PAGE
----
A  Russian biologist to Putin: why spend the money on novichok when we can achieve the same objective very cheaply by using caterpillars?

We’ve been breeding them for some time and we’ve discovered that in their primal state they are harmful enough. Recently we’ve been injecting them with a toxic ingredient which, if coming into human contact, can be lethal.

One question, Mr President: we’d like to identify these caterpillars by name. Would you approve the name putipillar?

Alfie Evans

Alessandra and I are troubled by our reaction to the time, energy, funds and emotional stress expended on poor little Alfie Evans. I guess it’s fortunate that he had no idea what has been going on during the many weeks until all medical support was withdrawn and he died.

We happen to believe in euthanasia. It is perhaps ironic that many of those voices raised in support of trying to save Alfie would be quite ready to recommend euthanasia for the old and dying to give them a painless exit from a life with no real meaning.

Being at the end of the road is much easier to deal with unemotionally but the fact is that Alfie Evans had arrived there before he’d got past the very beginning.

It must be true that the medical profession is not without fault. Who is? Who wants to be? But the extensive, accumulated, very expensive treatment and analysis in Alfie’s case was, frankly, not money well spent.

There are many, many people who complain about the shortcomings of the National Health Service. There is a shortage of funds so please let’s not waste the precious resources on hopeless cases.

And don’t forget the trauma which the hospital staff suffered at the hands and voices of possibly well-intentioned but certainly ill-informed members of the public. Shame on them and, even, shame on Alfie’s parents who refused to accept reality.

Ken Livingstone

How could I have forgotten this dreadful man! Not only an extreme left-winger but also virulently anti-Semitic.

I recall the early days of my move from London to Johannesburg in 1989. We were invited to join a fascinating internal expedition which included meeting some of the then most prominent politicians including  Mangosuthu Buthelezi and Bantu Holomisa. Plus a visit to a (then) important goldmine. You should see the tripe being scrubbed-tripe, talk about listening to that smirking Livingstone waffling on.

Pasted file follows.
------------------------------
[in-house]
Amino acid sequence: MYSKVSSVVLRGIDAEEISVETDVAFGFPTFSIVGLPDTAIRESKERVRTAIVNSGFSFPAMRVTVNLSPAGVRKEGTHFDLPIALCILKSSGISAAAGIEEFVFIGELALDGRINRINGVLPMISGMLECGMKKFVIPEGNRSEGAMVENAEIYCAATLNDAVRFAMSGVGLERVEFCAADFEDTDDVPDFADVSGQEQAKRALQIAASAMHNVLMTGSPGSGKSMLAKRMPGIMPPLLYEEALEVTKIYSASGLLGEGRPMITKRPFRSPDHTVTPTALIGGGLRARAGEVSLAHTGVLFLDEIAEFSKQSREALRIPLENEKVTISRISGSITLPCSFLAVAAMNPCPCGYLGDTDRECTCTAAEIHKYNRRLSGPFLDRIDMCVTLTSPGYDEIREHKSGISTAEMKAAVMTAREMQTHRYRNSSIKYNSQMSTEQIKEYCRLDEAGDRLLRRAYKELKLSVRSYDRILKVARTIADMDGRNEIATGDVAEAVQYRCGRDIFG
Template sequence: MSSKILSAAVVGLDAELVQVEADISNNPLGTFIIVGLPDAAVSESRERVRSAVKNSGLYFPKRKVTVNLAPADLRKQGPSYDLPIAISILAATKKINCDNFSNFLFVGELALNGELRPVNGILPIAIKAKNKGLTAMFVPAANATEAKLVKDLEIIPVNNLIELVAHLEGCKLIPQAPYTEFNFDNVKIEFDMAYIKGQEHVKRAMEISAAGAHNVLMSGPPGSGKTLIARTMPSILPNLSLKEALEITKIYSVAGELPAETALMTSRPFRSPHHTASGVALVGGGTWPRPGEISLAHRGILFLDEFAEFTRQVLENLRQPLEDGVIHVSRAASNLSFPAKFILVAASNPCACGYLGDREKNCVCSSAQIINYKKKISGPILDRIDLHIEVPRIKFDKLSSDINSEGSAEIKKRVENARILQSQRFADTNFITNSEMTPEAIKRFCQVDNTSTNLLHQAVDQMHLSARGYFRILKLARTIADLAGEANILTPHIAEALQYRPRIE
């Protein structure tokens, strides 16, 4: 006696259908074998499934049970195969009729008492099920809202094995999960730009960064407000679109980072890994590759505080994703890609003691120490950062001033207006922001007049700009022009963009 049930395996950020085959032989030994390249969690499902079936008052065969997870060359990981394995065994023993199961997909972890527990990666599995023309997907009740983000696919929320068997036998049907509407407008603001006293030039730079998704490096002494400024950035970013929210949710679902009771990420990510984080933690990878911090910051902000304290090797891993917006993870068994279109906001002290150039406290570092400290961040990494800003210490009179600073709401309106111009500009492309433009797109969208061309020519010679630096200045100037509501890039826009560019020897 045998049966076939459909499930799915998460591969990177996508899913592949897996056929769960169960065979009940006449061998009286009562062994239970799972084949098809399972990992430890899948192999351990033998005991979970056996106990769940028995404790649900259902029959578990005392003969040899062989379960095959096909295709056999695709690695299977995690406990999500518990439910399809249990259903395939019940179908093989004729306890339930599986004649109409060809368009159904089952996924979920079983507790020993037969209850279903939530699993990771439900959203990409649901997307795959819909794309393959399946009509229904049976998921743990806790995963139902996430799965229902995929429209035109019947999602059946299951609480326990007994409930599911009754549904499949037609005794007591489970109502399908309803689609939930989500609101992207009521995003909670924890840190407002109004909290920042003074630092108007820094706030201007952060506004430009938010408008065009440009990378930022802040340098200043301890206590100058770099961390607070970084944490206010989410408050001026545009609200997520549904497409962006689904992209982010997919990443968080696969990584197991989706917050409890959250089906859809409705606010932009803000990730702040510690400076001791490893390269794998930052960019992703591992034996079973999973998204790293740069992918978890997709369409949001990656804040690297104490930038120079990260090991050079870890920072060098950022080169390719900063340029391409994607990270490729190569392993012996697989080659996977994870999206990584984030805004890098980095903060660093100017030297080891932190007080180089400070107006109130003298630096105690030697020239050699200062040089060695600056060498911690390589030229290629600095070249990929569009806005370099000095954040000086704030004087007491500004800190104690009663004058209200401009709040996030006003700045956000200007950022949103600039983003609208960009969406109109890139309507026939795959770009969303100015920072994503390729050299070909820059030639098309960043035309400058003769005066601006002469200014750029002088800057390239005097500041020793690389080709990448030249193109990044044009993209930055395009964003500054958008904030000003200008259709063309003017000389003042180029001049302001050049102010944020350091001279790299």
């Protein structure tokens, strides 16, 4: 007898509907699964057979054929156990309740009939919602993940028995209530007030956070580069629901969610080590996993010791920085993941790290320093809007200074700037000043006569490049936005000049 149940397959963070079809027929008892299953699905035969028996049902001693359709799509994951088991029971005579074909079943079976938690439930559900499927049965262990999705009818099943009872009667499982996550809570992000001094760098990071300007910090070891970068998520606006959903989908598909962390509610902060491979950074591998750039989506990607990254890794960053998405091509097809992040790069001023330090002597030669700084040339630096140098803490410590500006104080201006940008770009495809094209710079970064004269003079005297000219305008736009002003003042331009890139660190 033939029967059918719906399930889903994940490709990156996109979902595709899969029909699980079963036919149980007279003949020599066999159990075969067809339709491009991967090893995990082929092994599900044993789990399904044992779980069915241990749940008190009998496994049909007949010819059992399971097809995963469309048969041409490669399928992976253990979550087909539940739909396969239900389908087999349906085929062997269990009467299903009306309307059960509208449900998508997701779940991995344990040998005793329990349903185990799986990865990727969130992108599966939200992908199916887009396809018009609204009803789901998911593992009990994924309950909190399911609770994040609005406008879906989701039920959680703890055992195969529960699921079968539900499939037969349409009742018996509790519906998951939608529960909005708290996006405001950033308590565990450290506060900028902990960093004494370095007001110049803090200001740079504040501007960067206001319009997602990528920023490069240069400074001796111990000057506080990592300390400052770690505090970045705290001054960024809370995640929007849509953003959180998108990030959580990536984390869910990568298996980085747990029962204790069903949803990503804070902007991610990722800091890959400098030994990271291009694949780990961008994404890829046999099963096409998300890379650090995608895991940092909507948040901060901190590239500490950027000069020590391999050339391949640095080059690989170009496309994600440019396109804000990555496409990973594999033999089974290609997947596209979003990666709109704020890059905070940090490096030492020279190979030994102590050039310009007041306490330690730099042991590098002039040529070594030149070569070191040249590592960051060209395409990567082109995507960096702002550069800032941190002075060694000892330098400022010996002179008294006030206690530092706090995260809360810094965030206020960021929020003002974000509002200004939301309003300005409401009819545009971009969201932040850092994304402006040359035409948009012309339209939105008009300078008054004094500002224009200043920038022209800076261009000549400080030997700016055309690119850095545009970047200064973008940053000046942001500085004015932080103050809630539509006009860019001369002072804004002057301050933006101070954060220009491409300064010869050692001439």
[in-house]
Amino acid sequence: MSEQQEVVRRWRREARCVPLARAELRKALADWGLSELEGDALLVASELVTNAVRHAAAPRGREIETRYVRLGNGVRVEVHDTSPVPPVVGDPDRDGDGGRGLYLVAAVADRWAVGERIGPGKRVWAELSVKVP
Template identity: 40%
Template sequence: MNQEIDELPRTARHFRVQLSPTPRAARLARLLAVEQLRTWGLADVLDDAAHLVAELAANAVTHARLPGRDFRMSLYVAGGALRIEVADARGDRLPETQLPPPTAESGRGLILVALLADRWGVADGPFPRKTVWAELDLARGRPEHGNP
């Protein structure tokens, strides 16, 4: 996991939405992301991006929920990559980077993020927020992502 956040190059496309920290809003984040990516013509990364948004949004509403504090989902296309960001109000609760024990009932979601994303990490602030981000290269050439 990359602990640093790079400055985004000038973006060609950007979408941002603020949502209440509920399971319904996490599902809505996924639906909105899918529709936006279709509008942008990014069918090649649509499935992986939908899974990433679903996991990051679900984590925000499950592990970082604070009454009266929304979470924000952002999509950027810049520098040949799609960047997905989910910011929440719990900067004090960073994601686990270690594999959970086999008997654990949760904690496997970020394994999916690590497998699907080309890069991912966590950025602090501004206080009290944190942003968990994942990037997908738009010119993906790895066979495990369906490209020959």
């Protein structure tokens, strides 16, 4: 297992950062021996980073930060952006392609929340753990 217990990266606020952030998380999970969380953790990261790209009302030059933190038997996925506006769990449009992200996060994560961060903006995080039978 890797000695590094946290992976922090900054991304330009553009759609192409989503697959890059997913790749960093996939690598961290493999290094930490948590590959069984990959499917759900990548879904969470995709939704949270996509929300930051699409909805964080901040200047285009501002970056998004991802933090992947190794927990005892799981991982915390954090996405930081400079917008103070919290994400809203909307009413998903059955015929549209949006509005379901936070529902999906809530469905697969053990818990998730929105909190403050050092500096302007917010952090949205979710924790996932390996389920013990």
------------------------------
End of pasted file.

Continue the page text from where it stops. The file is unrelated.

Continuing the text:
The highlight of that tour was probably the investment conference sponsored by the stockbrokers, Frankel Pollack. The keynote speaker was the communist, Joe Slovo. He gave such a witty and informative speech that he undoubtedly wooed his audience. A really clever man.

No one could suggest that Red Ken was/is a clever man. More like a slithering, sharp-tongued, evil and dangerous Labour supporter.

But do you think that the Honourable Jeremy Corbyn who professes a positive view about Judaism will have the courage to expel the less than honourable Livingstone from the Labour Party? As Buddy Holly sang: ‘That’ll  be the Day’.

Diane Abbott

I don’t suppose the Beatles had Diane Abbott in mind when they wrote ‘when I’m 64’. That happens to be her age now so a brief extract from the lyrics seems appropriate:

“Will you still need me, will you still feed me when I’m 64?”

I wish someone would feed her…to the hyenas. Lions are far too good for her, only scavengers will do. Of course, there’s always Jeremy.


There seems to be a rush for this door. Perhaps the rush is driven opportunistically by the wind.

Which government was in power when the wind first rushed in? Fancy that! The Labour Party.

Which party seems to include real anti-Semites? Fancy that! The Labour Party.